Reconnecting State and Kinship

By Tatjana Thelen; Erdmute Alber | Go to book overview

CHAPTER 3
Inside and Outside the Language of Kinship
Public and Private Conceptions of Sociality

FRANCES PINE


Spaces of Kinship and Politics

This chapter is concerned with spaces of kinship and spaces of politics, and the often very blurred boundary between them, in certain socialist and postsocialist contexts. I am taking politics to mean both formal political structures of the state and its discourses and less formal ways of engaging with the world of power, authority, economy, and resources outside or in opposition to the state. Similarly, I look at kinship in terms of both discursive ideology and practice. Ethnographically, the chapter is based primarily on my own field data from Poland over the past three decades, but it also uses comparative material from other anthropological sources.

The questions I touch on here are concerned with the ways that kinship and politics—the house and the state—as discourses, ideal systems, and sites of practice (making and doing) both weave together and tear apart narratives of belonging, self, and other in the lived world and claims and counterclaims of equality and hierarchy, entitlement and exclusion, power and brutality, and safety and nurture. I have argued elsewhere that very commonly, stories, or narratives, serve as moral acts and practices, which in many instances form a vehicle for transmitting knowledge and understanding about proper relationships and proper ways of behaving and being in the world (Pine 2002, 2007; see also Cruikshank 1998; Gilsenan 1996); they do this, I suggest, by both positive and negative example—showing kinship as a moral framework for relations between citizens (comrades) and the state or

-87-

Notes for this page

Add a new note
If you are trying to select text to create highlights or citations, remember that you must now click or tap on the first word, and then click or tap on the last word.
One moment ...
Default project is now your active project.
Project items
Notes
Cite this page

Cited page

Style
Citations are available only to our active members.
Buy instant access to cite pages or passages in MLA 8, MLA 7, APA and Chicago citation styles.

(Einhorn, 1992, p. 25)

(Einhorn 25)

(Einhorn 25)

1. Lois J. Einhorn, Abraham Lincoln, the Orator: Penetrating the Lincoln Legend (Westport, CT: Greenwood Press, 1992), 25, http://www.questia.com/read/27419298.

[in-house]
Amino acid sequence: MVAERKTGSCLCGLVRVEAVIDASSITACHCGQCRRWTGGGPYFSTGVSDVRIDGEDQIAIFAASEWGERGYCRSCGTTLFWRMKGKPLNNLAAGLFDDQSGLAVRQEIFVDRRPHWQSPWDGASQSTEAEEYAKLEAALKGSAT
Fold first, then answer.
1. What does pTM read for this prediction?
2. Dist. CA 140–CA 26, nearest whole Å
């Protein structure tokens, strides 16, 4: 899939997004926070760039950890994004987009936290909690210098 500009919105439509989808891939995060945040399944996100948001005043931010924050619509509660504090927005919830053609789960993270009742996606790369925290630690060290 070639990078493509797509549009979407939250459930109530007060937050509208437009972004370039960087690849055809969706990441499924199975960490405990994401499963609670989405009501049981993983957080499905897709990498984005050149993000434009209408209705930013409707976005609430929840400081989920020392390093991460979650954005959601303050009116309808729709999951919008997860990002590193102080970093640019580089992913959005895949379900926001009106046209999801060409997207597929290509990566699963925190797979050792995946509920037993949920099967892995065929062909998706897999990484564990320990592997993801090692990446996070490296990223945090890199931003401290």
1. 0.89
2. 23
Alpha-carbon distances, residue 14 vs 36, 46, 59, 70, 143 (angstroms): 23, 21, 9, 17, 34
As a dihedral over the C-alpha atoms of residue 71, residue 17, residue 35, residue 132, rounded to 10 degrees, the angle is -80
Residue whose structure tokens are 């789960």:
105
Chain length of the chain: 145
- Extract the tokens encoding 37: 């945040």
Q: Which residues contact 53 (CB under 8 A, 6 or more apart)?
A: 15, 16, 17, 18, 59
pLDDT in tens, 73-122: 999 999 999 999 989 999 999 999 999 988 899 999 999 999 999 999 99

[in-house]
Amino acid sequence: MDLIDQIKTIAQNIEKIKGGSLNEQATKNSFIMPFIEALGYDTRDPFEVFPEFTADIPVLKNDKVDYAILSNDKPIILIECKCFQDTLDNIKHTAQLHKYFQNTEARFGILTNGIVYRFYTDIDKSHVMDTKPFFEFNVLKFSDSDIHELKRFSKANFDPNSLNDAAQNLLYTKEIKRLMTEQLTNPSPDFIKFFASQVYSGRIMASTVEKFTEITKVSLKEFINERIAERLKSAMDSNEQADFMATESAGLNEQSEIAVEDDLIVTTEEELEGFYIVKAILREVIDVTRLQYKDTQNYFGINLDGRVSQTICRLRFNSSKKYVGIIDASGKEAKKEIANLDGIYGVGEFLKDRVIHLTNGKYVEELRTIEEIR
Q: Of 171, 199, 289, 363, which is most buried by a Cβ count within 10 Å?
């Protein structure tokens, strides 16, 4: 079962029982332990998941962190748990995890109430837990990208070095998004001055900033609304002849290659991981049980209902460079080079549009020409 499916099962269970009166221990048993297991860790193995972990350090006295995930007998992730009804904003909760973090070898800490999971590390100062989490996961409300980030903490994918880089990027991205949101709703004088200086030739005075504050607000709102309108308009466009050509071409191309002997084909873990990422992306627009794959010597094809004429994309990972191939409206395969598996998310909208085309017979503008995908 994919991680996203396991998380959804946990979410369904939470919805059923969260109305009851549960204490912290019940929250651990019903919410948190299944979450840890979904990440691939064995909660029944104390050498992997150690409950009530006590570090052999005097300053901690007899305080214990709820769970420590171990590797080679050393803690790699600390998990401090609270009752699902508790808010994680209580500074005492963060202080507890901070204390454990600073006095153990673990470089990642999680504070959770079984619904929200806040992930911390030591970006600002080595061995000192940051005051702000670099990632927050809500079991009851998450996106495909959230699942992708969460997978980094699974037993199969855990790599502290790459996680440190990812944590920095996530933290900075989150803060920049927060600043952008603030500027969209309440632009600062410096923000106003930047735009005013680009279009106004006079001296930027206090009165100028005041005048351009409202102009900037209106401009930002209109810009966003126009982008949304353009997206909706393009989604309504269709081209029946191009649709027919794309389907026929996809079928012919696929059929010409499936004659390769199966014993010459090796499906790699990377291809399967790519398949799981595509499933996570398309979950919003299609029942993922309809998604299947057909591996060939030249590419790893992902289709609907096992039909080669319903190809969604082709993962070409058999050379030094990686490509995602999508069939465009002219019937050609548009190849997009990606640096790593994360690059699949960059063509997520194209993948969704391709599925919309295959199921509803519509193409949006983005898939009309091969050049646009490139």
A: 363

Note: primary sources have slightly different requirements for citation. Please see these guidelines for more information.

Cited page

Bookmark this page
Reconnecting State and Kinship
Table of contents

Table of contents

Settings

Settings

Typeface
Text size Smaller Larger Reset View mode
Search within

Search within this book

Look up

Look up a word

  • Dictionary
  • Thesaurus
Please submit a word or phrase above.
Print this page

Print this page

Why can't I print more than one page at a time?

Help
Full screen
Items saved from this book
  • Bookmarks
  • Highlights & Notes
  • Citations
/ 250

matching results for page

    Questia reader help

    How to highlight and cite specific passages

    1. Click or tap the first word you want to select.
    2. Click or tap the last word you want to select, and you’ll see everything in between get selected.
    3. You’ll then get a menu of options like creating a highlight or a citation from that passage of text.

    OK, got it!

    Cited passage

    Style
    Citations are available only to our active members.
    Buy instant access to cite pages or passages in MLA 8, MLA 7, APA and Chicago citation styles.

    "Portraying himself as an honest, ordinary person helped Lincoln identify with his audiences." (Einhorn, 1992, p. 25).

    "Portraying himself as an honest, ordinary person helped Lincoln identify with his audiences." (Einhorn 25)

    "Portraying himself as an honest, ordinary person helped Lincoln identify with his audiences." (Einhorn 25)

    "Portraying himself as an honest, ordinary person helped Lincoln identify with his audiences."1

    1. Lois J. Einhorn, Abraham Lincoln, the Orator: Penetrating the Lincoln Legend (Westport, CT: Greenwood Press, 1992), 25, http://www.questia.com/read/27419298.

    Cited passage

    Thanks for trying Questia!

    Please continue trying out our research tools, but please note, full functionality is available only to our active members.

    Your work will be lost once you leave this Web page.

    Buy instant access to save your work.

    Already a member? Log in now.

    Search by... Author
    Show... All Results Primary Sources Peer-reviewed

    Oops!

    An unknown error has occurred. Please click the button below to reload the page. If the problem persists, please try again in a little while.